That’s about as angry as Chambers gets. Throughout Head Shot, he writes very clear prose that takes on a dizzy, endearing lyricism only when he dwells on the wonders achieved by science. He is mostly sober and commonsensical and forgiving to people he perceives to be making honest mistakes. In addition to Ford and Vincent Bugliosi, proponent of the single-bullet theory and prosecutor of Charles Manson, Chambers has it in for Aristotle, who reversed the advances of predecessors like Aristarchus by putting the earth at the centre of the universe and neglecting to test out his theories with experiments. ‘At least Aristotle believed in his own work,’ Chambers writes. ‘The majority of the Warren Commission didn’t believe in theirs.’ Two of Kennedy’s aides who were riding in the motorcade assented to the Commission’s view but later told Tip O’Neill they thought shots came from the grassy knoll. Chambers devotes a chapter to the fifty so-called grassy-knoll witnesses even though their testimony, not being unscientific, isn’t essential to his argument. ‘There are photos taken moments after the shooting showing people racing toward the knoll in a bold effort to find the assassin,’ he writes. ‘These people must have been full of adrenaline, clouding their judgment, because anyone who had just killed Kennedy with a rifle could easily do the same thing to them.’

Most of what Chambers recounts is not new, and the possibility of a gunman on the grassy knoll was admitted by both the pre-Warren FBI investigation and the late 1970s reopening of the case by the House Select Committee on Assassinations. His contribution is to dispel the notions that Kennedy’s head moved ‘back and to the left’ after the headshot seen on the Zapruder film either because a bullet hit him from behind and caused a jet effect when it came out on the right side of his head, sending the head back in the direction of the impact (a theory tested by shooting melons); or because of a muscle spasm. Rather, Chambers relies on the laws of conservation of momentum, conservation of energy and conservation of mass (‘this is rocket science’), as well as Occam’s razor, and embarks on a proof that the head recoiled ‘back and to the left’ because a frangible bullet was fired from a Winchester .220 Swift in front of Kennedy and to his right, i.e. on the grassy knoll. At the end of the proof he can’t help getting a bit emotional:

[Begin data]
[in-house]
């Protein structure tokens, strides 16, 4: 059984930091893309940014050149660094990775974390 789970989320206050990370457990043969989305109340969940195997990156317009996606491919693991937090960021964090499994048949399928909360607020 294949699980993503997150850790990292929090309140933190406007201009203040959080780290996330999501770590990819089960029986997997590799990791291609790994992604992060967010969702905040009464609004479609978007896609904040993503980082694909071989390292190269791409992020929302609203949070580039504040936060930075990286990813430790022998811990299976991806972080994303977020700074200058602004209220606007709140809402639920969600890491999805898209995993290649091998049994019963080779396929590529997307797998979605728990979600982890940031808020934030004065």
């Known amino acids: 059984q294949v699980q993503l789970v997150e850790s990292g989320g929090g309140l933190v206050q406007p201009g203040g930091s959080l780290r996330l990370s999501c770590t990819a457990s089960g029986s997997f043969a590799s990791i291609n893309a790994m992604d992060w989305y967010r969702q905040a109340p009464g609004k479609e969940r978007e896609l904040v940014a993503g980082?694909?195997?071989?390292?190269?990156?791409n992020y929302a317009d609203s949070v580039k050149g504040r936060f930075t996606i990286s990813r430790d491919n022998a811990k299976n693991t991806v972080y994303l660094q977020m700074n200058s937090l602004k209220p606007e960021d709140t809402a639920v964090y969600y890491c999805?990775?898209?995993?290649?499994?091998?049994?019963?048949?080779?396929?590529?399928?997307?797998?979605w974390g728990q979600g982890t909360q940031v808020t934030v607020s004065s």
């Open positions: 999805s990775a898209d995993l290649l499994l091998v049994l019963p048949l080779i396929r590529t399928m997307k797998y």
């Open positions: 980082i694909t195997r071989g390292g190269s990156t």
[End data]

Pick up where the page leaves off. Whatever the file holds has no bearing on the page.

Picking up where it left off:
The energy of the incoming bullet was 2289 joules. Where did all the energy go? … It simply went into other forms, some apparent, some hidden. Part of the energy of the bullet went into creating the high-speed jetting of blood and tissue in frame Z313. Some of it, three joules, went into lifting Kennedy’s head against gravity … The bulk of the energy, however, tragically, was deposited in Kennedy’s brain. As the bullet and skull fragments penetrated his dura, the outer layer of the brain inside his skull, they transferred energy into Kennedy’s neural tissues, breaking physical and chemical bonds and producing a rise in temperature. The kinetic energy of the fragments was converted into mechanical and thermal energy inside Kennedy’s brain, obliterating a lifetime of thoughts, dreams, ambitions, hopes and plans and leaving a lifeless lump of useless tissue. It was this violent deposition of energy directly into his head, over two thousand joules (equivalent to a small explosive charge), that ended Kennedy’s life.

Chambers turned six in 1963, so it’s understandable that he’s sentimental about JFK. His nuttier comments come when he addresses questions of probability:

Kennedy’s presidency lasted roughly a thousand days. No one shot at him until 22 November 1963. If he were around other people, appearing in crowds, or sitting near a window for about 10 per cent of this time, or a little over two hours a day on average, his potential exposure would be about 8,640,000 seconds. The probability is therefore 1 in 1,440,000 that both shooters would attempt to fire at him by chance in the same six-second period. It is more probable that civilisation will come to an end next year due to an asteroid impact.

Indeed, multiple simultaneous shooters would indicate something more than a coincidence. Chambers takes Oswald at his word that he was a patsy and believes it ‘improbable’ that he even fired a shot from the book depository, citing police paraffin tests that found no nitrates on his cheeks.

Like Santa Claus, the Tooth Fairy and the poor, the second shooter will always be with us. Every now and then a new theory comes round to fulfil our wish for there to be something grander at work than one lonely loser with a rifle. You can pick whatever villain you like: the Mob, the Cubans, the oilmen, the Soviets, the Vietnamese or the CIA. Chambers’s book is full of entertaining illustrations, some of them quite gruesome. My favourite is a blow-up of the Polaroid that a bystander called Mary Moorman took of Kennedy’s limo and the grassy knoll right at the moment of the murder. Behind the picket fence on the knoll, there’s a tiny blob and on it four tinier spots that look like a pair of squinty eyes, a nose and a mouth. ‘Some claim that the image of a face is apparent,’ Chambers writes. ‘The evidence for this is insufficient to meet the rigorous scientific standards of this analysis.’ Even though he was a boarding school student in Massachusetts at the time, whenever I look at the blob I can’t help thinking that its squinty eyes belong to George W. Bush.